No USCT regiments were raised in Westchester, a “copperhead” county. Regarding Col. Nelson B. Bartram, an excellent officer commanding the 20th USCT (Infantry): As you mention, well before coming to the Twentieth Regiment USCT, two weeks after the firing on Fort Sumter, in Port Chester, he had raised “Company B., of the Seventeenth Regiment New-York Volunteers (two-years’ troop) with which he went to the field as Captain.” Bartram’s troops were also known as the “Westchester Chasseurs.” (Sharf, History of Westchester County, 1: 492-496; French, History of Westchester County, 1: 146-146.
    On Dec. 07, 2012, at the annual conference of the Lower Hudson Council for Social Studies, at which I gave a presentation, I had the pleasure of meeting Michael S. Bennett, Past Dept. Commander, current Dept. Secretary and Archivist, Daniel Sickles Camp 3, Department of New York, SUVCW. In discussing Bartram and the 20th USCT, we wondered where he was buried. In an email of 12/12/12, Michael reported that he had followed through on researching Bartram’s burial as follows: “The New York Times article about his death on Christmas in 1886 indicated that a ceremony (funeral) was held (or was going to be held) at the Grace Church in White Plains. Other sources, such as Find-A-Grave, simply indicated that he was buried “in White Plains.” Michael visited the White Plains Rural Cemetery office and reported that “within literally seconds, I was looking at his name in the ledger book – buried two days after his death in 1886. In another 15 minutes I was standing in front of his and his wife’s headstones. What a great morning!” Indeed !
    I have wondered whether the five Hills soldiers in the 20th USCT knew Bartram prior to their enlistment, or if he were familiar with the Hills community. Port Chester is well within the range of Westchester County towns where Hills men would have sought employment, and they may have been familiar with Duane Street where Bartram was drilling his men for the 17th Regiment. When the Twentieth Regiment was being raised, perhaps news had spread in the black community that this local leader was to be its commanding officer. For more information on New York’s black regiments, I suggest: Seraile, William. New York’s Black Regiments during the Civil War. New York: Routledge, 2001.

  • November 30, -0001 at 12:00 am

    I just learned that in a separate section of the Greenwood Union Cemetery in the Town of Rye in Westchester County contains several graves of Civil War soldiers of African descent. One of these belongs to Joseph Thomas, Company C, 29th Connecticut. Is he one of the soldiers you have in your book?f I feature the Civil War statue at Greenwood in my monuments series but until now was not aware of the referenced graves which are at some distance from the statue. I will get in touch with the responsible person there when I get back home and see if they have additional information on these graves.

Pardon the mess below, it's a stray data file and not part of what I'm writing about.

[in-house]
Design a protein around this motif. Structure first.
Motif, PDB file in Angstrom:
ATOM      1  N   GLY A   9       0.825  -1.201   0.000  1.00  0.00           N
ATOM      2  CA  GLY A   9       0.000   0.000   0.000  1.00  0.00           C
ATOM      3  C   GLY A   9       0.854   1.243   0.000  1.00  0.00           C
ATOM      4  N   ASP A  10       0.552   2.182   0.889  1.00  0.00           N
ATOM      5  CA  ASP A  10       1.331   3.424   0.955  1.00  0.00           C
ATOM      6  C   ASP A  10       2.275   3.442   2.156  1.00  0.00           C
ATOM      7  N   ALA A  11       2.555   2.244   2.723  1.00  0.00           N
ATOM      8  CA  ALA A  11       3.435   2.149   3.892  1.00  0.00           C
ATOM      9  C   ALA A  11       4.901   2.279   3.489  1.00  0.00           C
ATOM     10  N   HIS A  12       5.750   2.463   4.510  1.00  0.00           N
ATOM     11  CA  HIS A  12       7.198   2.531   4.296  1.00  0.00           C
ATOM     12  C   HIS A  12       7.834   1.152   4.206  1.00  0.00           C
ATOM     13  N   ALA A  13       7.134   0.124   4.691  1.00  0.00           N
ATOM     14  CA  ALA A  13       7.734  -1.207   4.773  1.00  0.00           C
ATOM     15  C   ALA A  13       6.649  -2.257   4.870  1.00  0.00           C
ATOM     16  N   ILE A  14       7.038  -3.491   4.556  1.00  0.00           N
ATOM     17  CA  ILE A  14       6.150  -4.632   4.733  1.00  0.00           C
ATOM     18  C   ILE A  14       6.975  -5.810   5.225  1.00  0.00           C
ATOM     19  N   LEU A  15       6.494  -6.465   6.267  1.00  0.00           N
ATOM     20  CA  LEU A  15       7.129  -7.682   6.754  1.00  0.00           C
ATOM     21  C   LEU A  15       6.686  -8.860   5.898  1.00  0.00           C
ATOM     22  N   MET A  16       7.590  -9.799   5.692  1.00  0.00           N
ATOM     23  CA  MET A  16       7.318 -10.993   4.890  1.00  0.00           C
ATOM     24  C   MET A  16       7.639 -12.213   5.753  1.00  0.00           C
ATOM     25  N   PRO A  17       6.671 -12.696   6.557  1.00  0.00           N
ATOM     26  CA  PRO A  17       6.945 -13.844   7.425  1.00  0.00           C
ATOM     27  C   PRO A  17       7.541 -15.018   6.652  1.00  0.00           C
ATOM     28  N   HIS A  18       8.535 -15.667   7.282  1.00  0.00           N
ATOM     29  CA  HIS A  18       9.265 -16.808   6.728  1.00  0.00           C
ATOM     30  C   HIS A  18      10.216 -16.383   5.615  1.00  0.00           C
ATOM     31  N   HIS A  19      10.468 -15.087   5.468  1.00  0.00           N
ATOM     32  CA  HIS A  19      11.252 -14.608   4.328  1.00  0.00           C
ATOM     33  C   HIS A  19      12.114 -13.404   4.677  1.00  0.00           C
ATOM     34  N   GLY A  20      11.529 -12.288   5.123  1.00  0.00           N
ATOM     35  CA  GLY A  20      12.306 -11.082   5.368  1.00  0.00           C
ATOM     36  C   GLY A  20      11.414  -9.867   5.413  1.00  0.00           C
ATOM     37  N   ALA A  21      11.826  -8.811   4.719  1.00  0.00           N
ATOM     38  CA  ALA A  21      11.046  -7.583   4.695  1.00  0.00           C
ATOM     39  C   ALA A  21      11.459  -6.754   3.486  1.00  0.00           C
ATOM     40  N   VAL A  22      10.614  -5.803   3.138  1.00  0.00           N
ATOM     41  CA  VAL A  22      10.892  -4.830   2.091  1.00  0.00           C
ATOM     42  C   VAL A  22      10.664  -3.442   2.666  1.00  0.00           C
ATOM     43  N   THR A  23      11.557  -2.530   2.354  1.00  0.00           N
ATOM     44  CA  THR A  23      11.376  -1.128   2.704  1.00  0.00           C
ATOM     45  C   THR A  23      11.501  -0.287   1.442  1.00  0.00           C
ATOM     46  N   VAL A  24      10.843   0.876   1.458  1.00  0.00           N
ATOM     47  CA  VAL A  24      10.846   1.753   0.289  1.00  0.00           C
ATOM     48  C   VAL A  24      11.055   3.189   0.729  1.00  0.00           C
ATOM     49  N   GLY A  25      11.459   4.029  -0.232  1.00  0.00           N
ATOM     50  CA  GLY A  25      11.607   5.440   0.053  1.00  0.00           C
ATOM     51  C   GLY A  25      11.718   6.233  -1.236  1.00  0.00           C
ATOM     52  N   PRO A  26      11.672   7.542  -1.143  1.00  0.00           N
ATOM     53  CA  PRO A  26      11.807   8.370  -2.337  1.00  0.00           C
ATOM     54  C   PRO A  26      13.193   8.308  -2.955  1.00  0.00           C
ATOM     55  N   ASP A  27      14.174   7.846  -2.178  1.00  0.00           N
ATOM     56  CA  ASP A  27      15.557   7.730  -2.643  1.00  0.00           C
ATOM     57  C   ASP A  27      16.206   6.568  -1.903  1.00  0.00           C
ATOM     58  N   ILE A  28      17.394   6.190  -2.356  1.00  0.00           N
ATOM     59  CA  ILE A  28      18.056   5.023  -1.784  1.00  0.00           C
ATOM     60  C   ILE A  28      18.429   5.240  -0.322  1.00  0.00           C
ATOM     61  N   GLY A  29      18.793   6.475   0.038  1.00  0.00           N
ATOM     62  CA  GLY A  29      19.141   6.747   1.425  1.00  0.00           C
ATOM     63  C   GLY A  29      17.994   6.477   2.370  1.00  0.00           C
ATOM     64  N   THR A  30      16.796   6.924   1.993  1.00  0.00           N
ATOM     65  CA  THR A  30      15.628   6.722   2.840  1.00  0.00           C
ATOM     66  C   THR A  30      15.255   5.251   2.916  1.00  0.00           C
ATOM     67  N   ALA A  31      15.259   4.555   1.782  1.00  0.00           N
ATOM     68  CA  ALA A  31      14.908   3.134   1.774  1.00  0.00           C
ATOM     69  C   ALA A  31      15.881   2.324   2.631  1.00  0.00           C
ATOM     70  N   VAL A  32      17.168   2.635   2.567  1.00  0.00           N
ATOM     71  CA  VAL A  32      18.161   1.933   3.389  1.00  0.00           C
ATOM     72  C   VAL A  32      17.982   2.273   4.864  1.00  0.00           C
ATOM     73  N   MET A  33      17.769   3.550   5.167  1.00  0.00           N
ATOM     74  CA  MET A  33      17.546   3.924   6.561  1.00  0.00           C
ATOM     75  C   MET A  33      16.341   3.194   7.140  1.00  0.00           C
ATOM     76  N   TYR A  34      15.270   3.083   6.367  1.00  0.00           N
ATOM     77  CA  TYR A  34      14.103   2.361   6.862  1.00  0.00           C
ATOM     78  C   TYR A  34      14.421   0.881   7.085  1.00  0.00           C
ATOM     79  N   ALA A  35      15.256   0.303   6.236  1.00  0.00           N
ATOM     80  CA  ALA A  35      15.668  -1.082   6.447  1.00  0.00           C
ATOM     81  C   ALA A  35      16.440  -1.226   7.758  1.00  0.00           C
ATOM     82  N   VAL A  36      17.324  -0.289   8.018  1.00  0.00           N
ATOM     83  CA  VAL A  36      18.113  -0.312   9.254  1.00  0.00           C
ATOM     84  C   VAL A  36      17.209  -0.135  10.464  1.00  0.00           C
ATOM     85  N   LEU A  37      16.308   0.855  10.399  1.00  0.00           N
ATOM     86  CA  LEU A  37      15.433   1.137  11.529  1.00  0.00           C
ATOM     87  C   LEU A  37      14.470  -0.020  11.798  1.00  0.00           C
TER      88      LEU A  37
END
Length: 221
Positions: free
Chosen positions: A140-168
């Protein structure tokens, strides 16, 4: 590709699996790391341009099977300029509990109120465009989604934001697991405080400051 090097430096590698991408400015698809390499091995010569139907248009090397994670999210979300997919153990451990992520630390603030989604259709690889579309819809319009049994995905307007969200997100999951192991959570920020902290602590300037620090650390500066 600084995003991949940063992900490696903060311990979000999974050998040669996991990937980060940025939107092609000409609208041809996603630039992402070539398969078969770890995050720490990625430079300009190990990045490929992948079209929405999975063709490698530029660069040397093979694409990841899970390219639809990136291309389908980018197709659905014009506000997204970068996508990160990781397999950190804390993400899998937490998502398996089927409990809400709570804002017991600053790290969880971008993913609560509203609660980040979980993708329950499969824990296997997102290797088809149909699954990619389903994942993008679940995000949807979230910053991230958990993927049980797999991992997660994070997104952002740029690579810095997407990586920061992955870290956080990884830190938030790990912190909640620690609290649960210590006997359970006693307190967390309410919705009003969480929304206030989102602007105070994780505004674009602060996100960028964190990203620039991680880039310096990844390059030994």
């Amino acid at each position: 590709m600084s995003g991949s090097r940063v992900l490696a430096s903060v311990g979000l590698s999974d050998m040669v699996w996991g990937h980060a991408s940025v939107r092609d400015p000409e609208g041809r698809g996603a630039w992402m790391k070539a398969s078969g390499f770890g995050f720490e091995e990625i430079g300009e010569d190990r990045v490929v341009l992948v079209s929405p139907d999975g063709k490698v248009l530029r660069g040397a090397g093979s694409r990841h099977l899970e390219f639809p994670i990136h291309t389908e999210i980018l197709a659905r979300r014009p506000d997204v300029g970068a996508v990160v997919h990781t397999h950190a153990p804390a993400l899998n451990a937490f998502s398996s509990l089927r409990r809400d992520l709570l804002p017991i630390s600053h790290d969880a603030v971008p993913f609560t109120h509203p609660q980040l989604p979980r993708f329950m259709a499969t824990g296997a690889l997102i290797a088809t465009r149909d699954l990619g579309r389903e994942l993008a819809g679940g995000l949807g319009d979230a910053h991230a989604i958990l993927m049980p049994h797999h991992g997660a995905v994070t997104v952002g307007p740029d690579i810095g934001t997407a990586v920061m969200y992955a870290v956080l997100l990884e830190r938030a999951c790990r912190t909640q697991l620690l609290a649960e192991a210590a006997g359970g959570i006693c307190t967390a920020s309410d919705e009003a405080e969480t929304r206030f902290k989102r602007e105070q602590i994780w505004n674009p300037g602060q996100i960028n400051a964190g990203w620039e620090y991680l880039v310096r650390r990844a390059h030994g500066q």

• November 30, -0001 at 12:00 am

    Thank you for your response of March 18. I have several pieces of information to report re the USCT grave marker for a soldier in the 29th Connecticut and for the black cemetery itself. Using both my paper copy of the complete roster of the 29th Connecticut Regiment, Infantry, Colored Volunteers and the fold3 data base, I determined that Joseph Thomas was NOT a soldier in any company of the 29th Connecticut. HOWEVER, Joseph Thompson was a private in Company C of the 29th Connecticut. He enlisted on December 14, 1863, at Bridgeport, CT. He was 40 years old, married with two children, and gave his birthplace as New York City. At his enlistment, he identified his occupation as farmer, but that designation often included farm worker. His residence at time of enlistment is not given. His service record is quite unexceptional. The only time he was “absent” was when he was “left sick at Point of Rocks, Va, Aug. 24, 1864.” For the Sept. & Oct. 1864 Muster Roll, he is marked “Present,” which he continued to be through Mustering Out on Oct. 24, 1864. (Company Muster Roll, July & Aug 1864,” Sept. & Oct, 1864, fold3, pp. 9, 10; http://www.fold3.com/image/#264316290 http://www.fold3.com/image/#264316292 “Company C, Twenty-Ninth (Colored Regiment Infantry, p. 867.) I have no record for him in “The Hills” before or after the war, thus I do not count him as a “Hills” soldier. The “Hills” men served with other Westchester County men in these regiments. Regarding your reference to “a separate section of the Greenwood Union Cemetery in the Town of Rye,” and your interest in contacting someone at GUC for grave information. The section of graves of African Americans is NOT part of Greenwood Union Cemetery, but a separate cemetery for which GUC has no records. Please contact David L. Thomas, a consultant who is presently working for the Town of Rye in researching the history of those buried there: [email protected]